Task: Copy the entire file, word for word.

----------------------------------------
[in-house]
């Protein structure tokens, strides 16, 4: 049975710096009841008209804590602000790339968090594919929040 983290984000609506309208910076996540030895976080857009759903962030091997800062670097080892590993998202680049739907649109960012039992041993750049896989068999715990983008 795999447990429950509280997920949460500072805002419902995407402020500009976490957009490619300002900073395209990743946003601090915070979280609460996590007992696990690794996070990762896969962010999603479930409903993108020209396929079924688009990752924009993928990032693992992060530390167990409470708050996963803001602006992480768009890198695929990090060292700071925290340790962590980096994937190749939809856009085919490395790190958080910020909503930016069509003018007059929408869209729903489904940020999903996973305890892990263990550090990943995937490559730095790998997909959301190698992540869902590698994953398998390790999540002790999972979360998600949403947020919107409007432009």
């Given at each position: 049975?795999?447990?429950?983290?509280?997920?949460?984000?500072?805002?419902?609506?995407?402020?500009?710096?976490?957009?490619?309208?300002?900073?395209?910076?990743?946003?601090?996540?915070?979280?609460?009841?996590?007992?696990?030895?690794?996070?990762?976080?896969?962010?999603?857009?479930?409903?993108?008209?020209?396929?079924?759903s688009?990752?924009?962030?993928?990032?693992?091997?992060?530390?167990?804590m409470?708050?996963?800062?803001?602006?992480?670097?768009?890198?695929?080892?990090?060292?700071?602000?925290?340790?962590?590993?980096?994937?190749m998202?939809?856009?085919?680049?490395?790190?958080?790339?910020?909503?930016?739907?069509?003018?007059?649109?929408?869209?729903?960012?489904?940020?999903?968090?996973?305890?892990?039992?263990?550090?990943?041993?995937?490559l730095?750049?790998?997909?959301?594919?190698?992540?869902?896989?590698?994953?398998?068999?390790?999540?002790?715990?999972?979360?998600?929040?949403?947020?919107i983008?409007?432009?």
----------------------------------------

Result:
[in-house]
């Protein structure tokens, strides 16, 4: 049975710096009841008209804590602000790339968090594919929040 983290984000609506309208910076996540030895976080857009759903962030091997800062670097080892590993998202680049739907649109960012039992041993750049896989068999715990983008 795999447990429950509280997920949460500072805002419902995407402020500009976490957009490619300002900073395209990743946003601090915070979280609460996590007992696990690794996070990762896969962010999603479930409903993108020209396929079924688009990752924009993928990032693992992060530390167990409470708050996963803001602006992480768009890198695929990090060292700071925290340790962590980096994937190749939809856009085919490395790190958080910020909503930016069509003018007059929408869209729903489904940020999903996973305890892990263990550090990943995937490559730095790998997909959301190698992540869902590698994953398998390790999540002790999972979360998600949403947020919107409007432009």
């Given at each position: 049975?795999?447990?429950?983290?509280?997920?949460?984000?500072?805002?419902?609506?995407?402020?500009?710096?976490?957009?490619?309208?300002?900073?395209?910076?990743?946003?601090?996540?915070?979280?609460?009841?996590?007992?696990?030895?690794?996070?990762?976080?896969?962010?999603?857009?479930?409903?993108?008209?020209?396929?079924?759903s688009?990752?924009?962030?993928?990032?693992?091997?992060?530390?167990?804590m409470?708050?996963?800062?803001?602006?992480?670097?768009?890198?695929?080892?990090?060292?700071?602000?925290?340790?962590?590993?980096?994937?190749m998202?939809?856009?085919?680049?490395?790190?958080?790339?910020?909503?930016?739907?069509?003018?007059?649109?929408?869209?729903?960012?489904?940020?999903?968090?996973?305890?892990?039992?263990?550090?990943?041993?995937?490559l730095?750049?790998?997909?959301?594919?190698?992540?869902?896989?590698?994953?398998?068999?390790?999540?002790?715990?999972?979360?998600?929040?949403?947020?919107i983008?409007?432009?």